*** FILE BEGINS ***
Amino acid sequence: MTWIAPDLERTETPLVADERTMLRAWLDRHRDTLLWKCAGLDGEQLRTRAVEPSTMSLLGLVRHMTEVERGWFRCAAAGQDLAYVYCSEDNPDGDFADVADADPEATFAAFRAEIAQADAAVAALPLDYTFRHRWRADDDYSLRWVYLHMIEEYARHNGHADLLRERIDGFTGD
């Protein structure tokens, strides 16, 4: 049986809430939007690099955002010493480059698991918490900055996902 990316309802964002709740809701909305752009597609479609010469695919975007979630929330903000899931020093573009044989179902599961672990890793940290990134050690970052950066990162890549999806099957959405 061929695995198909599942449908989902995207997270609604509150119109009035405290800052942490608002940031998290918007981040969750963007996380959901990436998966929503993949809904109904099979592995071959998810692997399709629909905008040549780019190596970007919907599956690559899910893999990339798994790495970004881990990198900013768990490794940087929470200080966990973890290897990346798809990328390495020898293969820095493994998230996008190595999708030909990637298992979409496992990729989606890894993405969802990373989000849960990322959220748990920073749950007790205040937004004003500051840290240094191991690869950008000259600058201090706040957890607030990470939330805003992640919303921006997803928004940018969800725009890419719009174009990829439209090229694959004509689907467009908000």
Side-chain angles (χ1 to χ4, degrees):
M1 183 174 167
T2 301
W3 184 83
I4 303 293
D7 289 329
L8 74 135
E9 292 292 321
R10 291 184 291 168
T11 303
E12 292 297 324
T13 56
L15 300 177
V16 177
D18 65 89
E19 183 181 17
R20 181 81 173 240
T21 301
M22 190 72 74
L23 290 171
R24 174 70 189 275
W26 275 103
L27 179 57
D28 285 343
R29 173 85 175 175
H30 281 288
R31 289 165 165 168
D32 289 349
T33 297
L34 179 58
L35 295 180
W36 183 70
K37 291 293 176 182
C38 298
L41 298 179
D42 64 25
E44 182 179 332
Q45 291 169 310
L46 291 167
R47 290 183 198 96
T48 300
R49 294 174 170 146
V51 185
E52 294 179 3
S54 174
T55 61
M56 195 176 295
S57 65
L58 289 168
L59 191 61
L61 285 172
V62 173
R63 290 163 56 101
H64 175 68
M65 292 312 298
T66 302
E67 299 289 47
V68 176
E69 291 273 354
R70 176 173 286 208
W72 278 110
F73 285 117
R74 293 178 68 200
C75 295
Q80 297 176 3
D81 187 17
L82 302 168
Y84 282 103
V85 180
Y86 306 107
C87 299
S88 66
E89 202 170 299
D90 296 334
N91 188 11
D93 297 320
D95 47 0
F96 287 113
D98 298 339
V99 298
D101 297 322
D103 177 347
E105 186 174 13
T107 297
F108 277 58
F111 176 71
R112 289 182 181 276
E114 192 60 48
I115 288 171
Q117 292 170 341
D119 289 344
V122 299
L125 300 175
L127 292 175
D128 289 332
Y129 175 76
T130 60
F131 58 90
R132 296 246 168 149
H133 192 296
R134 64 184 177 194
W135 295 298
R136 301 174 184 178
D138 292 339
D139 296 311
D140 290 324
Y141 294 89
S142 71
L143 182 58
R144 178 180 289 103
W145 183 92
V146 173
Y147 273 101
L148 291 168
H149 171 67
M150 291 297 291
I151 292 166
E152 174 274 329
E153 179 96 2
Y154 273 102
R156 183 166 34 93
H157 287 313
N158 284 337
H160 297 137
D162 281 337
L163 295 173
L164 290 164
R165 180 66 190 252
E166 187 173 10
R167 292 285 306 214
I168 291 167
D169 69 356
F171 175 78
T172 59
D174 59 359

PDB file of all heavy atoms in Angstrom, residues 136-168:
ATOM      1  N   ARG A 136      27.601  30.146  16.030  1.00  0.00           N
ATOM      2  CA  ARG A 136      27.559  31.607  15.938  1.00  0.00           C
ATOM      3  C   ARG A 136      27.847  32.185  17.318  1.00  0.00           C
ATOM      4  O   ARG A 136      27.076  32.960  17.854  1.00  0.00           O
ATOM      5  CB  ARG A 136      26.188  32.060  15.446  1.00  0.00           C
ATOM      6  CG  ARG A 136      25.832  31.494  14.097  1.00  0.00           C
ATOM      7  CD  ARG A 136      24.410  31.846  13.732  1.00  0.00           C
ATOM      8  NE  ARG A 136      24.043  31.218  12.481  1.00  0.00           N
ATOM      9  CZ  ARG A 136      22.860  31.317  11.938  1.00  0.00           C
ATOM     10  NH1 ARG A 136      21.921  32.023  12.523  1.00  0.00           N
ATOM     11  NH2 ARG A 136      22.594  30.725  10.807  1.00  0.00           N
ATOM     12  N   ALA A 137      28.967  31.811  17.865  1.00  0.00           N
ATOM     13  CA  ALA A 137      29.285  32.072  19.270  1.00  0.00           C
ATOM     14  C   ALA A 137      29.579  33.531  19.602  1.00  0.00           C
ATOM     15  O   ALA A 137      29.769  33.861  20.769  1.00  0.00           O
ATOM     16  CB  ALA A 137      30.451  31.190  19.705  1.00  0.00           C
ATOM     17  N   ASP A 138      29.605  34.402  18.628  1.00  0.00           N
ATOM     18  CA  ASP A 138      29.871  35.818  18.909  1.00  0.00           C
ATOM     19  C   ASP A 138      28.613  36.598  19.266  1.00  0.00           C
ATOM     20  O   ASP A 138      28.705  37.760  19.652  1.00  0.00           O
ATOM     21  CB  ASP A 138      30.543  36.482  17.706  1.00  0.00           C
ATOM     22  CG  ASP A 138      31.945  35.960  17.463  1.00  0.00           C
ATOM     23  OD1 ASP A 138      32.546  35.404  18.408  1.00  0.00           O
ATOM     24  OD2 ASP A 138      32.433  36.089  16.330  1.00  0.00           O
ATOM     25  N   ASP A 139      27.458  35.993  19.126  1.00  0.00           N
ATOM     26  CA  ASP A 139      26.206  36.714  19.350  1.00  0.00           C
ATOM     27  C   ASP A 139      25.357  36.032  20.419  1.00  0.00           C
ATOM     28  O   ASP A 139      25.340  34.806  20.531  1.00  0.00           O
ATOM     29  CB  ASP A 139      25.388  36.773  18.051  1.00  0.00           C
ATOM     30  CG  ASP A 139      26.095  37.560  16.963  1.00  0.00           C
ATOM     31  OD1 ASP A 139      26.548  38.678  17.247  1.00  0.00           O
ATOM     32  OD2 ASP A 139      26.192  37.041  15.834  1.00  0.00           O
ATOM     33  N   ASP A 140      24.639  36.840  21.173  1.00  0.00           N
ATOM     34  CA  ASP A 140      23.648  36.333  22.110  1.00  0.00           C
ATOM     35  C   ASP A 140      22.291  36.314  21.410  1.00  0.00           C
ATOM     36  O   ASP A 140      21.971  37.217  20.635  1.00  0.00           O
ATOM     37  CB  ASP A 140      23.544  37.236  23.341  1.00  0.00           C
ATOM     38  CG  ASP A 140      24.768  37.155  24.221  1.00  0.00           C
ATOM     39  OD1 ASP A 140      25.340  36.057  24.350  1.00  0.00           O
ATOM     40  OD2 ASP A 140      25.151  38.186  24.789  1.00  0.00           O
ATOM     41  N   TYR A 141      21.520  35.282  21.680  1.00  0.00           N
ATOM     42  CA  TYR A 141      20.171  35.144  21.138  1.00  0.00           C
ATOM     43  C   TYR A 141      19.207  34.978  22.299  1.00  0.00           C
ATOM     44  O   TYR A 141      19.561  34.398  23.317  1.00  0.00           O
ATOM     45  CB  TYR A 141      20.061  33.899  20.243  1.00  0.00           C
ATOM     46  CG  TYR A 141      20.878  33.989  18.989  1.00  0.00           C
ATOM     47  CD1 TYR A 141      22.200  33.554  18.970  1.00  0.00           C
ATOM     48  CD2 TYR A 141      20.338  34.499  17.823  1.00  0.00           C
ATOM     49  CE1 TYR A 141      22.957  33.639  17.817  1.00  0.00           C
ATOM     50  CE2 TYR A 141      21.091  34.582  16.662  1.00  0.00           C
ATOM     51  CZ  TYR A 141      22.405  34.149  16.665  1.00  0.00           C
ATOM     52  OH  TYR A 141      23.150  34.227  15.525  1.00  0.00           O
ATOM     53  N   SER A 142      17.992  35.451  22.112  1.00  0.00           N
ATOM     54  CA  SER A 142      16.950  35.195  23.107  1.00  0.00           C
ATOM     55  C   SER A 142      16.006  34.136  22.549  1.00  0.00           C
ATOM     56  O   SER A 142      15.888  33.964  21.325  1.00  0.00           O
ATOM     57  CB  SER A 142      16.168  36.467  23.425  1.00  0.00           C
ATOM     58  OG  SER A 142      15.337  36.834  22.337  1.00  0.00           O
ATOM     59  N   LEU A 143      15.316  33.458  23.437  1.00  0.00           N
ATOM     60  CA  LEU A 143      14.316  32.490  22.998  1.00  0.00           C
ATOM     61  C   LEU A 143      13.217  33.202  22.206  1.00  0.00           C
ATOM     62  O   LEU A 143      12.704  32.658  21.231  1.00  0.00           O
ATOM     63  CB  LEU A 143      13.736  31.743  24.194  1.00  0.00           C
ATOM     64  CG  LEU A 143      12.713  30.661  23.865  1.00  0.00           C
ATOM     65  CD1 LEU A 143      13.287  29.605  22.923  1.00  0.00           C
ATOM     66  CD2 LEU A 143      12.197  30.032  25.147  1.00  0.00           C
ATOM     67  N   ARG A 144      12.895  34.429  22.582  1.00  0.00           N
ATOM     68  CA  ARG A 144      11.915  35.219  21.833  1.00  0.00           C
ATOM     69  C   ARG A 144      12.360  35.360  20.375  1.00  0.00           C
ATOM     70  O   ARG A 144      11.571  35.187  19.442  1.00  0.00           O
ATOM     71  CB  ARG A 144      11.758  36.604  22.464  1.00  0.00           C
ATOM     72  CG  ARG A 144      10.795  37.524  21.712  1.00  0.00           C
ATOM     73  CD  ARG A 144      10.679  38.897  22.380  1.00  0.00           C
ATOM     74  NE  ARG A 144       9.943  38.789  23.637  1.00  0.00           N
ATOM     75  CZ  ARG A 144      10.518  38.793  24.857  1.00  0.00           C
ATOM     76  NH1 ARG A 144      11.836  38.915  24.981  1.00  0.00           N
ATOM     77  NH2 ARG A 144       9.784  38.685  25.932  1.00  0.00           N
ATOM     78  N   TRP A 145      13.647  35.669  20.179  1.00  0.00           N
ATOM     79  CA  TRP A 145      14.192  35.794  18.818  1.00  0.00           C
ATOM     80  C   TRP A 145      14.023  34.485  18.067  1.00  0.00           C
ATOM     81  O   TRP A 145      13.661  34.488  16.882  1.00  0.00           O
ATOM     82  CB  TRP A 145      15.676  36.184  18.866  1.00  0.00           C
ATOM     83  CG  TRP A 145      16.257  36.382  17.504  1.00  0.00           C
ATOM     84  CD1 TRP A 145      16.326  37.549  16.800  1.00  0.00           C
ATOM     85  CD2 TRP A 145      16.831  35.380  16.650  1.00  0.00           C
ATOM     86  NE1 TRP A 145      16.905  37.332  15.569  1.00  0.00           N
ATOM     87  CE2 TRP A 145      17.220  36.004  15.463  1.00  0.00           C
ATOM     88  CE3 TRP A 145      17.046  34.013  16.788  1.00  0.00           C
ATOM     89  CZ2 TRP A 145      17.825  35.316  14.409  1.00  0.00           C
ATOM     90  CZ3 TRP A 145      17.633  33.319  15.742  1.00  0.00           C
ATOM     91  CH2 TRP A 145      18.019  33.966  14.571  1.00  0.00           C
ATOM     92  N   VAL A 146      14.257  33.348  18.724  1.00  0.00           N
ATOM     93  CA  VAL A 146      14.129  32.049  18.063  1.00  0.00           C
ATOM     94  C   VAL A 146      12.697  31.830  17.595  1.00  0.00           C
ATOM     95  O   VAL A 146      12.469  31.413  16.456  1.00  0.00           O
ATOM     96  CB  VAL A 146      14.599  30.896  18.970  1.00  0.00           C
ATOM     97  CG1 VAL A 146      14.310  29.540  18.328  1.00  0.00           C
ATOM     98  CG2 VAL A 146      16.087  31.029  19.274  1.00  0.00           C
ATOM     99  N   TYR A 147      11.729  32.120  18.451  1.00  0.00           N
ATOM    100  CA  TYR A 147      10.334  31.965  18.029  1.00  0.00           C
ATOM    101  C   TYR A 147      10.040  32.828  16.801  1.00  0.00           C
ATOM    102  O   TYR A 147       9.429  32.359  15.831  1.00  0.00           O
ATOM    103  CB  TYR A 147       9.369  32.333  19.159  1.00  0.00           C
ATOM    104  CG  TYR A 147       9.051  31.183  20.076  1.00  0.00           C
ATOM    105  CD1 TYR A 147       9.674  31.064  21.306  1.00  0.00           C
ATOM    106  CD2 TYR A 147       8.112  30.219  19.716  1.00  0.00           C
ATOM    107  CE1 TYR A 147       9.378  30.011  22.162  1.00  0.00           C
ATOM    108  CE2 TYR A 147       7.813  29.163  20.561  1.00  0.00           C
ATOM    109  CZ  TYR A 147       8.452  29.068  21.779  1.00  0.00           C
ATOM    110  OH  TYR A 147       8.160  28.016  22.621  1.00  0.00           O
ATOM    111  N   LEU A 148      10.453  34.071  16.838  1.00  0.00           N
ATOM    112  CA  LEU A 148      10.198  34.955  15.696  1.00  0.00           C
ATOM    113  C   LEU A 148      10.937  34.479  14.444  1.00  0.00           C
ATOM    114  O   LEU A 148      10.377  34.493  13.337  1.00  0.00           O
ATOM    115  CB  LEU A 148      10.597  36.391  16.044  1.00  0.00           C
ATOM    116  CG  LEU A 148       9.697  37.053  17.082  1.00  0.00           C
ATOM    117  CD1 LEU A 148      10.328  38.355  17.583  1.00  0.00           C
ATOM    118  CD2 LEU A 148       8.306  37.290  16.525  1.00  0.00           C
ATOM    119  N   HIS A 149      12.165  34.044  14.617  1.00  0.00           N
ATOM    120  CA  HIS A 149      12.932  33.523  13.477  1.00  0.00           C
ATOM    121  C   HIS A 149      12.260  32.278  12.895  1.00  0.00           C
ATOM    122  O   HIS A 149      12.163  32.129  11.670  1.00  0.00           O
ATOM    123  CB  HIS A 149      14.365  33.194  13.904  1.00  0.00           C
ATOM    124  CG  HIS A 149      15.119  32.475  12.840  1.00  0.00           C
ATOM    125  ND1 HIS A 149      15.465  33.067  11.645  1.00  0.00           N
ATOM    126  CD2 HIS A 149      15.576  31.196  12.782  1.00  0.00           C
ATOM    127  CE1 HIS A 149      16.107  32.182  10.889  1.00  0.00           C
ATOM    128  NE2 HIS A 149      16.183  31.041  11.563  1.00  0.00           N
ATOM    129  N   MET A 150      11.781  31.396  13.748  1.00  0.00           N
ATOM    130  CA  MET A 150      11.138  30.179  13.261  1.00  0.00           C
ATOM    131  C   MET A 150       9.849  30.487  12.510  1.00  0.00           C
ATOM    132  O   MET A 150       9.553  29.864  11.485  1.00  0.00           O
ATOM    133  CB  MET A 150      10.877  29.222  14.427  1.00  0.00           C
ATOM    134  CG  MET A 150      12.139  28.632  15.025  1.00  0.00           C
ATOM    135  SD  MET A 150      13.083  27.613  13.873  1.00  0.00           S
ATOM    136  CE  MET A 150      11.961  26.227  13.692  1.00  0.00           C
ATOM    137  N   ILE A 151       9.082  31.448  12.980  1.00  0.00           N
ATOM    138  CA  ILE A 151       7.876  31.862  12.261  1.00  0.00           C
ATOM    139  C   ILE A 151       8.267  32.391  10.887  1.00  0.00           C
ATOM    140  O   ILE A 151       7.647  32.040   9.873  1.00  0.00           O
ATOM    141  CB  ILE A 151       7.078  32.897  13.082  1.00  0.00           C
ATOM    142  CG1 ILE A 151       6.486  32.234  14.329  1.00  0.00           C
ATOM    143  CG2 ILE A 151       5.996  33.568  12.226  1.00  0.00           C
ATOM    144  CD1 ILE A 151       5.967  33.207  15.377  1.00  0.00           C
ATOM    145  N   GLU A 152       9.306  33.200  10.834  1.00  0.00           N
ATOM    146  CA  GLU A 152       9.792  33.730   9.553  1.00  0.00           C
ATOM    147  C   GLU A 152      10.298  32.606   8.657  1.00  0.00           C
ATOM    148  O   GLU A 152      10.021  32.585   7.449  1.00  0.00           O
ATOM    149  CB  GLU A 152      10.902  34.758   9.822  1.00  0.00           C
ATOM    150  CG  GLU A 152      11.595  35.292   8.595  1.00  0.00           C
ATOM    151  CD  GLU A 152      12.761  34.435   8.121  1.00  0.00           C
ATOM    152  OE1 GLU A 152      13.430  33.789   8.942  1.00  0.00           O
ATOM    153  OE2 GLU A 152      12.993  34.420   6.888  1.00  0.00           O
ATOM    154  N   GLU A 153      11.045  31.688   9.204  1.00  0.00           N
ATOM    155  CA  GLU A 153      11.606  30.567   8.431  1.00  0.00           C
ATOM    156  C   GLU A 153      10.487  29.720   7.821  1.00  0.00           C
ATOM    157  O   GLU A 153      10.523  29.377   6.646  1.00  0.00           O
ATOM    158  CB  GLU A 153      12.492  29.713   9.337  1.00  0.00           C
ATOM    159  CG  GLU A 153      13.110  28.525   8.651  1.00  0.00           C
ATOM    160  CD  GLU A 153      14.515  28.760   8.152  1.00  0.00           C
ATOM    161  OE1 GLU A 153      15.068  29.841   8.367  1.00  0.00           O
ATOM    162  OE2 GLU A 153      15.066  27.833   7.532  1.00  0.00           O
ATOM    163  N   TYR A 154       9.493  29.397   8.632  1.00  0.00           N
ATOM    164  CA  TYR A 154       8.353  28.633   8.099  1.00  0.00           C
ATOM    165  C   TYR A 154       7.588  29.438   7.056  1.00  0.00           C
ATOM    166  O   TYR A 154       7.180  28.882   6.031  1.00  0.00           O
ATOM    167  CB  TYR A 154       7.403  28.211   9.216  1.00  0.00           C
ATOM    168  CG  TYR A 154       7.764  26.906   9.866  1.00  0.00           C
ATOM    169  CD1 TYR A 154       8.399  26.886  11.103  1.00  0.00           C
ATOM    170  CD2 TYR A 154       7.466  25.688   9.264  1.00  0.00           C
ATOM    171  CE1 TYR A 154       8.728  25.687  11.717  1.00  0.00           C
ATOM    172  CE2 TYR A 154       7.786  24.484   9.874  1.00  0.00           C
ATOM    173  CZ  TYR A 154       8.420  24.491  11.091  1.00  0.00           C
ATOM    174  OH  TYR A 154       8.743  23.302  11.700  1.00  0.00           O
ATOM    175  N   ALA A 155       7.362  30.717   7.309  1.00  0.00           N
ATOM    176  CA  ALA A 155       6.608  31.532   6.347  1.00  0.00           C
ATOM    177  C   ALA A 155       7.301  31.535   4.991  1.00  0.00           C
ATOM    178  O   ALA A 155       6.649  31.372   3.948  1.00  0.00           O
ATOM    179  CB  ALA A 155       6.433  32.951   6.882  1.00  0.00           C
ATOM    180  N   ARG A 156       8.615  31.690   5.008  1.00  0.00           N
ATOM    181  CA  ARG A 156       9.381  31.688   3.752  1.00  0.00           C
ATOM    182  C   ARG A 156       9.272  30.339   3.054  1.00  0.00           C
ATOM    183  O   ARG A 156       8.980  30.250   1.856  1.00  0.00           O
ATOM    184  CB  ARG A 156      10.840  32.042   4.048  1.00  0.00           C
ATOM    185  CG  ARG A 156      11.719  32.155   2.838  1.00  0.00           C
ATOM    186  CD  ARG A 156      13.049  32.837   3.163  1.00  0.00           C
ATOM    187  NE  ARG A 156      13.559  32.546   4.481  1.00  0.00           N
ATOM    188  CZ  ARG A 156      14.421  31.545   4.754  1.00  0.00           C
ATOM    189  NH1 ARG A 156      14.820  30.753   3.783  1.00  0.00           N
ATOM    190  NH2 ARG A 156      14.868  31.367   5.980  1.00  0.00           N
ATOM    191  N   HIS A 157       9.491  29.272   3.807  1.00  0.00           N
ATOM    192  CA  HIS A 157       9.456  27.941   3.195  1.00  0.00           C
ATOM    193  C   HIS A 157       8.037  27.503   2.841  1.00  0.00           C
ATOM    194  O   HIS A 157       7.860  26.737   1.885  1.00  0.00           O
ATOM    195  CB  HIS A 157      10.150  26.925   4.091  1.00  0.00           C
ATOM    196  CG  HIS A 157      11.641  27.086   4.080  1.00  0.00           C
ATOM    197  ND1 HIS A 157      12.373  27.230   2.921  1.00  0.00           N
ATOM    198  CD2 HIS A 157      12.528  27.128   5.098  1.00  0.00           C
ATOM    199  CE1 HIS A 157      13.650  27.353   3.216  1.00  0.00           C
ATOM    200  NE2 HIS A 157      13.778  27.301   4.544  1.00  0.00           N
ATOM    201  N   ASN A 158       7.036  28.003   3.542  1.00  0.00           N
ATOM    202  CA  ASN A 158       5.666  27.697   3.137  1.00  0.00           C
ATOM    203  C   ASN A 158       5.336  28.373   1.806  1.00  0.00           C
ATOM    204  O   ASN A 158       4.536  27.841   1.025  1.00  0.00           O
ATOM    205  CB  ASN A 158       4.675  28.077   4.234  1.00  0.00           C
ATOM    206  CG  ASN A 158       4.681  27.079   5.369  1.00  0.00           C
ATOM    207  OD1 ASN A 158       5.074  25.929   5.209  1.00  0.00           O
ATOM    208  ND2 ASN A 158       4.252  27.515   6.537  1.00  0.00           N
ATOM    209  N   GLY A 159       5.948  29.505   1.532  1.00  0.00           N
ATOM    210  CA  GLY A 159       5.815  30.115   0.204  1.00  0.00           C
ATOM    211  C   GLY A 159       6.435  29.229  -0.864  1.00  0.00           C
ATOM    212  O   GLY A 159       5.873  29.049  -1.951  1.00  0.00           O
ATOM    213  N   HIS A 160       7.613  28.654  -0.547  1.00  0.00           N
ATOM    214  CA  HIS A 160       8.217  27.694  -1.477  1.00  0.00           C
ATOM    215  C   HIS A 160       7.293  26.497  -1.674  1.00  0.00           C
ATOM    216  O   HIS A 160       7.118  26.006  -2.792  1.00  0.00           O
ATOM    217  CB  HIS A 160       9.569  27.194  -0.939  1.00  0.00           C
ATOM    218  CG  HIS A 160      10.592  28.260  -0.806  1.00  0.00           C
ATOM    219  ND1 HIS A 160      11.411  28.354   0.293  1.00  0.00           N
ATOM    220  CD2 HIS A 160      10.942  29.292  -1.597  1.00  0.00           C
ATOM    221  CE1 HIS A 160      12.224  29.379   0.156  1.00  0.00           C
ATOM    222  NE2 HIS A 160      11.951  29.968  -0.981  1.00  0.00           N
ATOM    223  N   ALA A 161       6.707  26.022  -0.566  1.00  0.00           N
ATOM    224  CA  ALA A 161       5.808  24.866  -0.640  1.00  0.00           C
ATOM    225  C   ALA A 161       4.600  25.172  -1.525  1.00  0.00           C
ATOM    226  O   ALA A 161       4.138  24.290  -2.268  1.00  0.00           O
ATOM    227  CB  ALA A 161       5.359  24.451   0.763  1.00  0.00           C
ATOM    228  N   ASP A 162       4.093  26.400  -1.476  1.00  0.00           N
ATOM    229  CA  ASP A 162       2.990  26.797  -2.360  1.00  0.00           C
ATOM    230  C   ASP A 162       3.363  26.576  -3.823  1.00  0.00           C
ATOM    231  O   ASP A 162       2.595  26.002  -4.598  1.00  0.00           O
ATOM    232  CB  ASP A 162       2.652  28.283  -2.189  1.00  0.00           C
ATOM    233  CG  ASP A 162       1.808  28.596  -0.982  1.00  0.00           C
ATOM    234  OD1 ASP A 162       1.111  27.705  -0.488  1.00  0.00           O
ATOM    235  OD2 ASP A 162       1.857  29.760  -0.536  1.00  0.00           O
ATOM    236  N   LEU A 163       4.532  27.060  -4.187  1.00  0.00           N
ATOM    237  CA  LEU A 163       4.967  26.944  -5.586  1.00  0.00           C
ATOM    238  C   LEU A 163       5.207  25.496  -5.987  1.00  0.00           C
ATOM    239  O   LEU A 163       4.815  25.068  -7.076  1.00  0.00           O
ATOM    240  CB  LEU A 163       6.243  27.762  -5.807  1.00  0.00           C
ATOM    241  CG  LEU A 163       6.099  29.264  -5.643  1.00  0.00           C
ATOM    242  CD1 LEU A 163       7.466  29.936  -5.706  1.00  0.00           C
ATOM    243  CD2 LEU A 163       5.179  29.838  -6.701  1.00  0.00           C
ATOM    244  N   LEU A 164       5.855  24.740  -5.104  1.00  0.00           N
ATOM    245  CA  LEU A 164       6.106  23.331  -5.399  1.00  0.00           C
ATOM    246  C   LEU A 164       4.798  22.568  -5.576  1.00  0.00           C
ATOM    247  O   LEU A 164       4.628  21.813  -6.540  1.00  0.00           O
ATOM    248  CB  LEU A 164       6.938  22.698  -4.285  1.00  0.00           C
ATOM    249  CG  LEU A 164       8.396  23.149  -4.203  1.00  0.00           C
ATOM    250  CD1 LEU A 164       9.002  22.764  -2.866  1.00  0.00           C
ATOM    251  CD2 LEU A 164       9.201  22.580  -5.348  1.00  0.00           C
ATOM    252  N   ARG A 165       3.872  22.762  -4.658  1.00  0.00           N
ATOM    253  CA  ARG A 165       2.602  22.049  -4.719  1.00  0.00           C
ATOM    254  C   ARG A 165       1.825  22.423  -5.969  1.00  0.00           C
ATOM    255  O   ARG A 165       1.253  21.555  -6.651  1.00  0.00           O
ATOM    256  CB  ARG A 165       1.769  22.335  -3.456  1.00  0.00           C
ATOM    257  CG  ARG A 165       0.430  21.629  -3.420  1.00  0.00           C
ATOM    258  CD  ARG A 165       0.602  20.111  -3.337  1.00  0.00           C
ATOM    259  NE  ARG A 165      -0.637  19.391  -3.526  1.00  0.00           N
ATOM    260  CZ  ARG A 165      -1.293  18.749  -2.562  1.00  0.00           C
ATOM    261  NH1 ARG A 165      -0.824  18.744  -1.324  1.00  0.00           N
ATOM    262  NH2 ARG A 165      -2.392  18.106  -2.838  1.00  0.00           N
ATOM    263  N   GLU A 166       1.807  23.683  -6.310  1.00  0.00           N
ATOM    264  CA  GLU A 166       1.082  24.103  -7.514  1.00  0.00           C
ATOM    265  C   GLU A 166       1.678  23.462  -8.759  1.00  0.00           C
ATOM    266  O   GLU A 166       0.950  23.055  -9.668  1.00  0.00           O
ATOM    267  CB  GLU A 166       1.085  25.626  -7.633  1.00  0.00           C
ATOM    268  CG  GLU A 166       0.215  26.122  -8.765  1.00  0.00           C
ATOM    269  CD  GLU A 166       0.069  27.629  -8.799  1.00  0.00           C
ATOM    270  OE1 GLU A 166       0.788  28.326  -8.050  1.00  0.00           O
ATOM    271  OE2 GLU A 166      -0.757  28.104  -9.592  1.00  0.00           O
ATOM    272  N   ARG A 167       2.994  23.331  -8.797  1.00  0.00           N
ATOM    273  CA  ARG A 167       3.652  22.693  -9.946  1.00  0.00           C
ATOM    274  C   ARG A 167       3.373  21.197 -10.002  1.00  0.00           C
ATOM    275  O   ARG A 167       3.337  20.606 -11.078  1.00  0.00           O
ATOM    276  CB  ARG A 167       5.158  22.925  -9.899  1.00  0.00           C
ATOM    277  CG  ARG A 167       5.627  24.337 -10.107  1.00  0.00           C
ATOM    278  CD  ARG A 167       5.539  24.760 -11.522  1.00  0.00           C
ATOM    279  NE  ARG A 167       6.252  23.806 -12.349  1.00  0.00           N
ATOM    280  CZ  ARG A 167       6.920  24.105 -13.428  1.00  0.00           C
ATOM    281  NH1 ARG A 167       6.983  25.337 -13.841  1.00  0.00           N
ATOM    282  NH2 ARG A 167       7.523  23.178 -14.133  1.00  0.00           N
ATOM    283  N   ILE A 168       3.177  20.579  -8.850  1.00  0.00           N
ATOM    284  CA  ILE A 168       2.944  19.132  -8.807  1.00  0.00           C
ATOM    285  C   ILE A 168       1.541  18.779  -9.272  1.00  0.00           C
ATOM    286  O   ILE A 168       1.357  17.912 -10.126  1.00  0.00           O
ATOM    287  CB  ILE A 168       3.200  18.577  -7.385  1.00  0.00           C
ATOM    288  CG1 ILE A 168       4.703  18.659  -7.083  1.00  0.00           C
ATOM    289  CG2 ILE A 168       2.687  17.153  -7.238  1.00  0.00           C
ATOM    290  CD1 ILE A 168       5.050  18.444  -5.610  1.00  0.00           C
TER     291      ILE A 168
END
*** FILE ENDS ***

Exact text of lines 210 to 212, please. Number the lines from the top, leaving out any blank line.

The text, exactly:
ATOM     72  CG  ARG A 144      10.795  37.524  21.712  1.00  0.00           C
ATOM     73  CD  ARG A 144      10.679  38.897  22.380  1.00  0.00           C
ATOM     74  NE  ARG A 144       9.943  38.789  23.637  1.00  0.00           N